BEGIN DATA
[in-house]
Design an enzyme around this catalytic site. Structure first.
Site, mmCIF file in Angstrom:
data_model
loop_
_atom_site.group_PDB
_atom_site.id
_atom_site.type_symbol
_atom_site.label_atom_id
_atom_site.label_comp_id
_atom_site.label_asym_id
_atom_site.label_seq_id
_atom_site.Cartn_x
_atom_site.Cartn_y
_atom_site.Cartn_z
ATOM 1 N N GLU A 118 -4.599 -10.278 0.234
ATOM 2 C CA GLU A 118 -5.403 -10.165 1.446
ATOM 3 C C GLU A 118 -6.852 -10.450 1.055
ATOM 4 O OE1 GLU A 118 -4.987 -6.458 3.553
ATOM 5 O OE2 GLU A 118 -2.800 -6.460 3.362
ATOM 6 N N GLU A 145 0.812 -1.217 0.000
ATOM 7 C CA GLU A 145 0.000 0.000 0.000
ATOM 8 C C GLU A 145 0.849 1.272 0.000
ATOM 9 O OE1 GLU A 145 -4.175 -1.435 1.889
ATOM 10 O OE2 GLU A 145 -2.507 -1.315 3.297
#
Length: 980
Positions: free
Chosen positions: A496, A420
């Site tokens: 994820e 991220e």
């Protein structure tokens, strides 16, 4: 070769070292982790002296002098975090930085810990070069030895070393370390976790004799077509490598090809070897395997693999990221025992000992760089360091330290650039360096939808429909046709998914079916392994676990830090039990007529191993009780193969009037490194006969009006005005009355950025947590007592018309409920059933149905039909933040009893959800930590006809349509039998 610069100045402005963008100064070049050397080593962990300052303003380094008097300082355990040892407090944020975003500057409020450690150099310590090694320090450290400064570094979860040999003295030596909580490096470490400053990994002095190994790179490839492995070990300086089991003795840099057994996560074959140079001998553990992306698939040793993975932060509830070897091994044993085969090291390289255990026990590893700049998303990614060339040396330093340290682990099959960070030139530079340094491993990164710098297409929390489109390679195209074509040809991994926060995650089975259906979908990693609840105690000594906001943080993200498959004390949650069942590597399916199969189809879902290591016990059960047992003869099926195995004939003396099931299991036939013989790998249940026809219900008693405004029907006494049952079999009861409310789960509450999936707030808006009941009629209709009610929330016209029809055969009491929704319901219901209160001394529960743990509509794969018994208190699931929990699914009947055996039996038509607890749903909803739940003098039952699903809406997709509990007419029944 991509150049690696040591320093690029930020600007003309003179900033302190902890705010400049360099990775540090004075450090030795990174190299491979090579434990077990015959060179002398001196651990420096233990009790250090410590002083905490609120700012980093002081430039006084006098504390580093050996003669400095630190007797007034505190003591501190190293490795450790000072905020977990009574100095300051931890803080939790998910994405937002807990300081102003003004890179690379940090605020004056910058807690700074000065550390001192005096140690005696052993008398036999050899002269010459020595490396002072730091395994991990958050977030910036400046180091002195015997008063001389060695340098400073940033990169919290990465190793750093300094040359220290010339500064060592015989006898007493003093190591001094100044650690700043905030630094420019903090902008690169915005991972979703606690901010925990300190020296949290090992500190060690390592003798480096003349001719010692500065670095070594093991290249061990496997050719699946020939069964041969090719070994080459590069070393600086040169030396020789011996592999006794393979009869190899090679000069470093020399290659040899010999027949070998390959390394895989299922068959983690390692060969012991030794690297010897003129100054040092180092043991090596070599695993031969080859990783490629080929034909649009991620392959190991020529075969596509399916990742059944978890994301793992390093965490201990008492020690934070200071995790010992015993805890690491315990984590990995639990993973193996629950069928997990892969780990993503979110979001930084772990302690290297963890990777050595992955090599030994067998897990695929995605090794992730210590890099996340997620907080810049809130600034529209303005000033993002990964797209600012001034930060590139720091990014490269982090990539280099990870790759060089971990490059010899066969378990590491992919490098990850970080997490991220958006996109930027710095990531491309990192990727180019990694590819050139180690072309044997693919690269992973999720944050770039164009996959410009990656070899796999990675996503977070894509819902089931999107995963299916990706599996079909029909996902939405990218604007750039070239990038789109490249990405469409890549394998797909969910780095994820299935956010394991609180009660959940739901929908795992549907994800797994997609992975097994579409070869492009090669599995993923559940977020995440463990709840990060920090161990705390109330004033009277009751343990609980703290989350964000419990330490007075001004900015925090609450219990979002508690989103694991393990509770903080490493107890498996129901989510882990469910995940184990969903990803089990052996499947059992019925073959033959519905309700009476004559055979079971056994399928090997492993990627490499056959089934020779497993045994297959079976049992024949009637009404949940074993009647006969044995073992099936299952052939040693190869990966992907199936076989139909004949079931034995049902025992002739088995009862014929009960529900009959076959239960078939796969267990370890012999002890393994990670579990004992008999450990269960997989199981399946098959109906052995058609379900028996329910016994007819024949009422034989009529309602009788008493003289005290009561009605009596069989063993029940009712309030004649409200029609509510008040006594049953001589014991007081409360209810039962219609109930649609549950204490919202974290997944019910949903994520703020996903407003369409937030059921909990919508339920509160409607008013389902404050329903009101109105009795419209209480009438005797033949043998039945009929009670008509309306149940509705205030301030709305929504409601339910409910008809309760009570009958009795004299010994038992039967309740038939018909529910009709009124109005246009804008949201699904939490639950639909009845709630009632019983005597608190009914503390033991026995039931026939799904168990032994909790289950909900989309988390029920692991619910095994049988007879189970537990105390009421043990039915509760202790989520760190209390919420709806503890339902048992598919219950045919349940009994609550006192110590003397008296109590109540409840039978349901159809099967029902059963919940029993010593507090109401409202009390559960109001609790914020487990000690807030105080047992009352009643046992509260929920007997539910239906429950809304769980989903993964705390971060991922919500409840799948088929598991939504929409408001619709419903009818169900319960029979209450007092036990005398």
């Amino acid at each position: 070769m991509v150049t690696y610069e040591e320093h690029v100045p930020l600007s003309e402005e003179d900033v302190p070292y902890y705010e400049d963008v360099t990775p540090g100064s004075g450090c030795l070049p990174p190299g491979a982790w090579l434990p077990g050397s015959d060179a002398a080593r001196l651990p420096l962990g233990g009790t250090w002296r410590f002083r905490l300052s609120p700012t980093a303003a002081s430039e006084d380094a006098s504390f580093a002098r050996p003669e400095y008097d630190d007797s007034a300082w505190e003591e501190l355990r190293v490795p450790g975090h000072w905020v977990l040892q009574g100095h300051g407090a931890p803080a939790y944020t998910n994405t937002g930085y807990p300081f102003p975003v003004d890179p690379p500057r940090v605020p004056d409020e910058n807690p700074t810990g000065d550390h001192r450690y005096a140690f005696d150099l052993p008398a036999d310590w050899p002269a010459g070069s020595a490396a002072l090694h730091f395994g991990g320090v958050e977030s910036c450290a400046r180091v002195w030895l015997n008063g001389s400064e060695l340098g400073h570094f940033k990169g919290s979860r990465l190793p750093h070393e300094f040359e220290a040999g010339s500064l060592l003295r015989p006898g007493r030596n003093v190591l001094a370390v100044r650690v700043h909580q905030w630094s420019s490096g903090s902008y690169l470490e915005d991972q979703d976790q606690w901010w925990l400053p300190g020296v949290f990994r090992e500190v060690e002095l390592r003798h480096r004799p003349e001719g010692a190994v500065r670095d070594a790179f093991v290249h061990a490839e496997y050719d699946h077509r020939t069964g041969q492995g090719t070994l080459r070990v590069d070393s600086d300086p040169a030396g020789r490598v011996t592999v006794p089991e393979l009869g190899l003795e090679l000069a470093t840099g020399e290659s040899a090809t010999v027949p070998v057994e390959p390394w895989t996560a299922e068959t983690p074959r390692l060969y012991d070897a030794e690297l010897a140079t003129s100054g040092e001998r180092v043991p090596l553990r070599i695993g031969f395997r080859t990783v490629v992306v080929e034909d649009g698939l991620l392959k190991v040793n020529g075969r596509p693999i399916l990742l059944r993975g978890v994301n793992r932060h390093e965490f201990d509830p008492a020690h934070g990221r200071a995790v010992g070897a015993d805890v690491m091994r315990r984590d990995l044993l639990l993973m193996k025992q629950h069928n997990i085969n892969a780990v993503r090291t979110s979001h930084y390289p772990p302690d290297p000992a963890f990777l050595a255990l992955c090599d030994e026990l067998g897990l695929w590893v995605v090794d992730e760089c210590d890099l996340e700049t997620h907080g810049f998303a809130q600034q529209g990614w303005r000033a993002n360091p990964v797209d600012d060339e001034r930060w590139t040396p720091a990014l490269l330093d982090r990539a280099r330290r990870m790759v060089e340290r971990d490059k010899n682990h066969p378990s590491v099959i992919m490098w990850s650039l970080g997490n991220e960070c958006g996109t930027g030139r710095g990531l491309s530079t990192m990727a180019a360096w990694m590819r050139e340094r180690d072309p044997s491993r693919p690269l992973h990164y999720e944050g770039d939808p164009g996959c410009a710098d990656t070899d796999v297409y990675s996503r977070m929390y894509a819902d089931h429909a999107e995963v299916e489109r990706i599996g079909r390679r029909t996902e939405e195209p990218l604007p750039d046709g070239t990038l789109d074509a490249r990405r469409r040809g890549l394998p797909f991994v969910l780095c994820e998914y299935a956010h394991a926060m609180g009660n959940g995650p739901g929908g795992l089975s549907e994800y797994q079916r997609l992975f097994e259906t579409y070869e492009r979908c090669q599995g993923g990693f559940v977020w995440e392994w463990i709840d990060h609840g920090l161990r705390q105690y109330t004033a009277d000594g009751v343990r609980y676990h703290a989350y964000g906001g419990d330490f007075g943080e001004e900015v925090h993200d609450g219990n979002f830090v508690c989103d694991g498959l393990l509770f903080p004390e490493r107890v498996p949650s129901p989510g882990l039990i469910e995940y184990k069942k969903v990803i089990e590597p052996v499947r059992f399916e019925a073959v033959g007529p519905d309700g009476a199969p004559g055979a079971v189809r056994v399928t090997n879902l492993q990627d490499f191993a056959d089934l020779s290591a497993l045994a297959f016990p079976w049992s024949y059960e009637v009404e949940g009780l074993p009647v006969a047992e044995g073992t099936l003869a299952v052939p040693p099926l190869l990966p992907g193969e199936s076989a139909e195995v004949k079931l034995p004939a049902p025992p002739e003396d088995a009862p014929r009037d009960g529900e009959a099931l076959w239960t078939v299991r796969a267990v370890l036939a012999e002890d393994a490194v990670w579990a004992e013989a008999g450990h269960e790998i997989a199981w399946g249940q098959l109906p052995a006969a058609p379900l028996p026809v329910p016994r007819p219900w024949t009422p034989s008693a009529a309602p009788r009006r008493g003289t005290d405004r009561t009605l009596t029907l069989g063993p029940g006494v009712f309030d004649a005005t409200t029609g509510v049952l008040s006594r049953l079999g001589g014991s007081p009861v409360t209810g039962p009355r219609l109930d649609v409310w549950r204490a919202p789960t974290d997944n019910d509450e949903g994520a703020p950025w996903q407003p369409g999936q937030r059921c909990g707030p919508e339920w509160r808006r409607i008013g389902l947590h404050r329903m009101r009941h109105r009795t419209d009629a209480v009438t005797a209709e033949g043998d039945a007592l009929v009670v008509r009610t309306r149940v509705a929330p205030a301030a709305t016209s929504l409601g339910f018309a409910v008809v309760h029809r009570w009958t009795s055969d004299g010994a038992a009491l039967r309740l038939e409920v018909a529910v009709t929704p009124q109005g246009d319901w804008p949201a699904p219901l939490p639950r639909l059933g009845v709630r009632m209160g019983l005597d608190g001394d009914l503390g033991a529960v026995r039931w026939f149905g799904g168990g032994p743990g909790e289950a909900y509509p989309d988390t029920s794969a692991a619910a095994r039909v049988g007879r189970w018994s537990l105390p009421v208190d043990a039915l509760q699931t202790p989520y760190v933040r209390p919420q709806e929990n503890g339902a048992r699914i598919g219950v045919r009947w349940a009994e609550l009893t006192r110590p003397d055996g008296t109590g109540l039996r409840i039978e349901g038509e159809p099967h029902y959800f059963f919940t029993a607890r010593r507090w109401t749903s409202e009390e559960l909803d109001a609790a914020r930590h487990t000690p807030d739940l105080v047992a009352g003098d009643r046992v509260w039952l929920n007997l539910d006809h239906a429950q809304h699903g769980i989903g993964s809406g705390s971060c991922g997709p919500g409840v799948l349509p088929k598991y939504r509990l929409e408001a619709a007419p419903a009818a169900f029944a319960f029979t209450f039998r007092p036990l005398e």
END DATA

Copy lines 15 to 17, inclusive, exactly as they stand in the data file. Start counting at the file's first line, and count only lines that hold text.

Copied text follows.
_atom_site.Cartn_z
ATOM 1 N N GLU A 118 -4.599 -10.278 0.234
ATOM 2 C CA GLU A 118 -5.403 -10.165 1.446